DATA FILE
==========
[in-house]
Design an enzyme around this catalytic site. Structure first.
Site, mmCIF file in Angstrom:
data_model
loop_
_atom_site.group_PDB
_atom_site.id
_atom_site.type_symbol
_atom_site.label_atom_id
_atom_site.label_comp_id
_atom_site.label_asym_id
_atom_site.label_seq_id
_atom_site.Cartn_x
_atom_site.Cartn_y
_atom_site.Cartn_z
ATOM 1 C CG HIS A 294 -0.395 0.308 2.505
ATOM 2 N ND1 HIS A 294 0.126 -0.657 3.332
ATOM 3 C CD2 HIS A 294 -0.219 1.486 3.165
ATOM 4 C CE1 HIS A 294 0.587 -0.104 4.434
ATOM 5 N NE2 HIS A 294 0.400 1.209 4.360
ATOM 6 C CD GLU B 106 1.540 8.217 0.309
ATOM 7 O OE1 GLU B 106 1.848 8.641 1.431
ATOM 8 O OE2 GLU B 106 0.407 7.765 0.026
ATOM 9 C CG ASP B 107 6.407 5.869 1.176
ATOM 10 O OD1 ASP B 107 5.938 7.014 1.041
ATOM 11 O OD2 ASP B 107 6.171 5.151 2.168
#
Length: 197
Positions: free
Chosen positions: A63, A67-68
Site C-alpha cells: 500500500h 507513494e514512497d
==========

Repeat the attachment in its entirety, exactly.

[in-house]
Design an enzyme around this catalytic site. Structure first.
Site, mmCIF file in Angstrom:
data_model
loop_
_atom_site.group_PDB
_atom_site.id
_atom_site.type_symbol
_atom_site.label_atom_id
_atom_site.label_comp_id
_atom_site.label_asym_id
_atom_site.label_seq_id
_atom_site.Cartn_x
_atom_site.Cartn_y
_atom_site.Cartn_z
ATOM 1 C CG HIS A 294 -0.395 0.308 2.505
ATOM 2 N ND1 HIS A 294 0.126 -0.657 3.332
ATOM 3 C CD2 HIS A 294 -0.219 1.486 3.165
ATOM 4 C CE1 HIS A 294 0.587 -0.104 4.434
ATOM 5 N NE2 HIS A 294 0.400 1.209 4.360
ATOM 6 C CD GLU B 106 1.540 8.217 0.309
ATOM 7 O OE1 GLU B 106 1.848 8.641 1.431
ATOM 8 O OE2 GLU B 106 0.407 7.765 0.026
ATOM 9 C CG ASP B 107 6.407 5.869 1.176
ATOM 10 O OD1 ASP B 107 5.938 7.014 1.041
ATOM 11 O OD2 ASP B 107 6.171 5.151 2.168
#
Length: 197
Positions: free
Chosen positions: A63, A67-68
Site C-alpha cells: 500500500h 507513494e514512497d